I wrote this six years ago, in the fall of 2007 when it was just Alex and Lila:
He’s pushing trucks around the house, hiding in duffle bags, zooming over the arms of the sofa, making squealing noises as they try to stop before diving nose first down behind the television. And tonight as I make dinner, he’s playing at my feet in the kitchen. A big dump truck and a small white truck. The big truck is named “Big Truck” and the little white one is “Fire Truck”, he tells me this as I stir the tomato sauce. Ah, I say. So, Big and Fire are their names?
He looks at me, but only briefly before disappearing back into his little world of trucks, swirling at my feet.
I hear their conversations and feel almost guilty for eavesdropping.
Hi. Big says to Fire.
Hi. You come with me? Fire asks.
I too big. Big says.
You can do it. Fire says.
And they ride down the length of the kitchen, hopping through the legs of a kitchen chair and then meeting up again beside the wainscoting.
Woo-hoo, Fire says to Big, cheering him on – You did it!
Later, he’s jumping in his room – up and down on his bed, his face bobbing in and out of sight of our neighbors as he moves in front of the window.
My goodness, he says to something happening outside – a loud truck rumbling past, an altercation between neighborhood kids, something I can not see or hear. But he says it again, My goodness. Not upset with anything, simply an expression of bemusement. Much like how I say the phrase at the end of a long day.
I stand in the doorway and listen to him, it’s the first expression of mine that I’ve heard him repeat.
It’s been weighing on me a lot lately, stressing me out. This idea that somehow I’m doing something wrong, damaging his childhood in some way or another. Snapping at him for not eating all of his dinner, for whining, for taking off his pull-up and peeing on the floor rather than telling me he needs to use the potty. Lots of things have been breaking me quickly lately, lack of sleep, being the primary culprit.
But still, each night I go to sleep wondering if all of my love and attention has somehow outweighed my momentary lapses of mommy-loveliness. The times when I’m raw and irritated and hissing through my teeth that we listen when Mommy tells us to pick up our toys. I pray that somehow these moments of failure, of weakness, of letting myself put myself before others, won’t have an impact on how he treats others, how he sees the world, how he deals with frustration and anger.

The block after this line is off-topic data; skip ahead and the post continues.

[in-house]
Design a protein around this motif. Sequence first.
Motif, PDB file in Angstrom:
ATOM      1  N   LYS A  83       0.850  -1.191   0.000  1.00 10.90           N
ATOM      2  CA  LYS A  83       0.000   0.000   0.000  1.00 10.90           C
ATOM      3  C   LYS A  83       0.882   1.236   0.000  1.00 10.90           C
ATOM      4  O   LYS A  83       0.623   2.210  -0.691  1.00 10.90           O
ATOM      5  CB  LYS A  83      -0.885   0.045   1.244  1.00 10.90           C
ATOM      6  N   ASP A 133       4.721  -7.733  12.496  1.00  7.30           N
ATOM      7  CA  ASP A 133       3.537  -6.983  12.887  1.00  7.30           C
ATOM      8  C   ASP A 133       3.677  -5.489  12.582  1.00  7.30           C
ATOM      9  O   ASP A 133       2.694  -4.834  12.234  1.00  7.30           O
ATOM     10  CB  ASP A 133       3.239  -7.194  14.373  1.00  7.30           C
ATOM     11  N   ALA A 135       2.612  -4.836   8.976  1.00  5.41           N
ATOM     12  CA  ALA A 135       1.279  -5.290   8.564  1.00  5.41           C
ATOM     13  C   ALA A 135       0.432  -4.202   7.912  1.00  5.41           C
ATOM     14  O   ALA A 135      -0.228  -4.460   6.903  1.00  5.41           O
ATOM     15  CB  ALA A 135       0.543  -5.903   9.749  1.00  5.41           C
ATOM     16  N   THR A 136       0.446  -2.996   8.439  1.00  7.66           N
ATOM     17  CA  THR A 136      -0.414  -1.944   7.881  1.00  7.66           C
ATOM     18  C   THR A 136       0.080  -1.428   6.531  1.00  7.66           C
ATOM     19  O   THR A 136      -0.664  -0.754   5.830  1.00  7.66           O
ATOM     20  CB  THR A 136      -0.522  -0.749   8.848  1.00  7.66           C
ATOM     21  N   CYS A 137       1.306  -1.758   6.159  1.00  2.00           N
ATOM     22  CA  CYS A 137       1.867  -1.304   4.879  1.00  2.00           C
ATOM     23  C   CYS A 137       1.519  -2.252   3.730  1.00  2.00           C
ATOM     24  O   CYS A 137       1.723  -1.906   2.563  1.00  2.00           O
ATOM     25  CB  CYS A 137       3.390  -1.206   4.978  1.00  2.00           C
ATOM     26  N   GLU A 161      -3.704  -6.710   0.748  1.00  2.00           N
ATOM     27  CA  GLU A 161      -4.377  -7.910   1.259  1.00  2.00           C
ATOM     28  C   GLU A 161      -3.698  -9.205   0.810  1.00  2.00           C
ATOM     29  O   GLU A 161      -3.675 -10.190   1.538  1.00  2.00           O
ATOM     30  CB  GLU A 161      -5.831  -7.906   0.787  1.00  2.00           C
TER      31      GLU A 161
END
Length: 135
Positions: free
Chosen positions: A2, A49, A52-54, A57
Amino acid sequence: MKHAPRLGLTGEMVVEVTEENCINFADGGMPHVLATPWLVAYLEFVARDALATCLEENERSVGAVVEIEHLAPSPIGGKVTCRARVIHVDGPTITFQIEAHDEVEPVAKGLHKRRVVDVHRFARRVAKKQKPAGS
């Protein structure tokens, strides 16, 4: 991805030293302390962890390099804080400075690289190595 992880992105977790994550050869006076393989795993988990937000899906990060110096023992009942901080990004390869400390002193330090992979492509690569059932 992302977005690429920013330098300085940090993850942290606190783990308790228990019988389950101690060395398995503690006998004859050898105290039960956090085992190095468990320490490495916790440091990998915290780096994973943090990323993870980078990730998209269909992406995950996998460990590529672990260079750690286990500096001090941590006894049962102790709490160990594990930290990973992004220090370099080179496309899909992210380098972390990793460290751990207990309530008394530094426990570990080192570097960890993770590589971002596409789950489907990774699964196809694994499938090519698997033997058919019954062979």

I just don’t want to mess him up, I guess, is all I’m saying.
And so to see him today, mimicking encouraging behavior with his toys – and repeating something like “my goodness” with a quiet bemusement at his window – I sighed with a bit of relief.
It’s a long road between here and adulthood, and it’s going to be a process for all of us, going through it together for the first time. I’m just glad to be assured that, if nothing else, for right now, in this moment, the good stuff is sticking.
And now, here we are again. It’s Autumn and though our family has grown and life has changed in more ways than one, the ongoing theme of my heart remains.
I just don’t want to mess him (them) up.
This past week has been a settling in, into this new routine, into our roles as teacher and students, mother and children, but in different and wonderful ways.
I have spent more time this week, fully engaged, with each one of the children than I can remember happening in the recent (post my business taking off) past. All summer long, we were like passing ships, waving and calling to one another through the slapping open and close of the screen door.
This summer, I spent hours in the morning responding to emails and frantically working on editing, communicating with clients, catching up with friends, living an existence that has largely been like a play with my children as background chatter rather than full-on speaking parts.
This week, this time of settling in, has been at a slower pace, at a pace that reminded me of how we once were. How I once was, as a mom, not as a momtreprenuer. My children are again relying on me, for routine, for education, for guidance, and I have become more free to offer my distracted self.
We’re finding out how well we work together, when we do just that. Work. Together.
I’m remembering that crafts and observations, just for the pure sake of creativity or wonder – is – learning (and is fun.)
And I’m finding myself still falling asleep with my children’s needs on my heart, but sleep is coming easier. Perhaps, because I’m feeling more as though have run the daily race with them, encouraging them, getting to know them as the amazing people that they are, rather than standing at the finish line, eyes on the clock, mind elsewhere, just waiting for them to wash their hands and get to the supper table on time.